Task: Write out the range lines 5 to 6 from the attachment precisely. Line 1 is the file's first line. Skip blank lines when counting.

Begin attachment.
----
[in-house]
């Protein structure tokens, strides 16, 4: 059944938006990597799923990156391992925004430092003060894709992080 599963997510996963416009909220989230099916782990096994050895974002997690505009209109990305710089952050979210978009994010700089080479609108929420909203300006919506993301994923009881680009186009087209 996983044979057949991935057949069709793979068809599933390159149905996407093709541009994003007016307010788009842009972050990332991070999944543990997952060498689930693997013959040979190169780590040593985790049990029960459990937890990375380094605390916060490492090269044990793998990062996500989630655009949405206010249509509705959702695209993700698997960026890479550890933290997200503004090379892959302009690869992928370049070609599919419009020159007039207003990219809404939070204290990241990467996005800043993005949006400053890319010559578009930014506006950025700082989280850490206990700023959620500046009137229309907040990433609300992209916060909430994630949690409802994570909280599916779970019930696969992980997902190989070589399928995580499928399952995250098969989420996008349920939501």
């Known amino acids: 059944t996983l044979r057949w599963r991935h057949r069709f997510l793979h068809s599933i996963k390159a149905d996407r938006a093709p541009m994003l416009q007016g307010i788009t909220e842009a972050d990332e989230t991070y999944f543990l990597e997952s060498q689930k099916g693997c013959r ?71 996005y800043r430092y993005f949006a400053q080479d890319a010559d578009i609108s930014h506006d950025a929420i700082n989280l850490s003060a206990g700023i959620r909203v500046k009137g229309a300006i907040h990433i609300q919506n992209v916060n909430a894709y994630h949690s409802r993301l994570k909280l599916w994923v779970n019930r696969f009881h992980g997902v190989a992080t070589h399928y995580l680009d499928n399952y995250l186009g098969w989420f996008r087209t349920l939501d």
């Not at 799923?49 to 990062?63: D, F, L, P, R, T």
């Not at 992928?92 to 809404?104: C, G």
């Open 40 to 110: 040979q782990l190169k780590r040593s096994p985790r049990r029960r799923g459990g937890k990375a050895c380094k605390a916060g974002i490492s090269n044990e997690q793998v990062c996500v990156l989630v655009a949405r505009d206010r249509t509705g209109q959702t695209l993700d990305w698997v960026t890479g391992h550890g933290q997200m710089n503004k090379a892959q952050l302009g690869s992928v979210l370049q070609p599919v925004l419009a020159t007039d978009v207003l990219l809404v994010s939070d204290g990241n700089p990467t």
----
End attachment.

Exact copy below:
């Not at 992928?92 to 809404?104: C, G």
């Open 40 to 110: 040979q782990l190169k780590r040593s096994p985790r049990r029960r799923g459990g937890k990375a050895c380094k605390a916060g974002i490492s090269n044990e997690q793998v990062c996500v990156l989630v655009a949405r505009d206010r249509t509705g209109q959702t695209l993700d990305w698997v960026t890479g391992h550890g933290q997200m710089n503004k090379a892959q952050l302009g690869s992928v979210l370049q070609p599919v925004l419009a020159t007039d978009v207003l990219l809404v994010s939070d204290g990241n700089p990467t």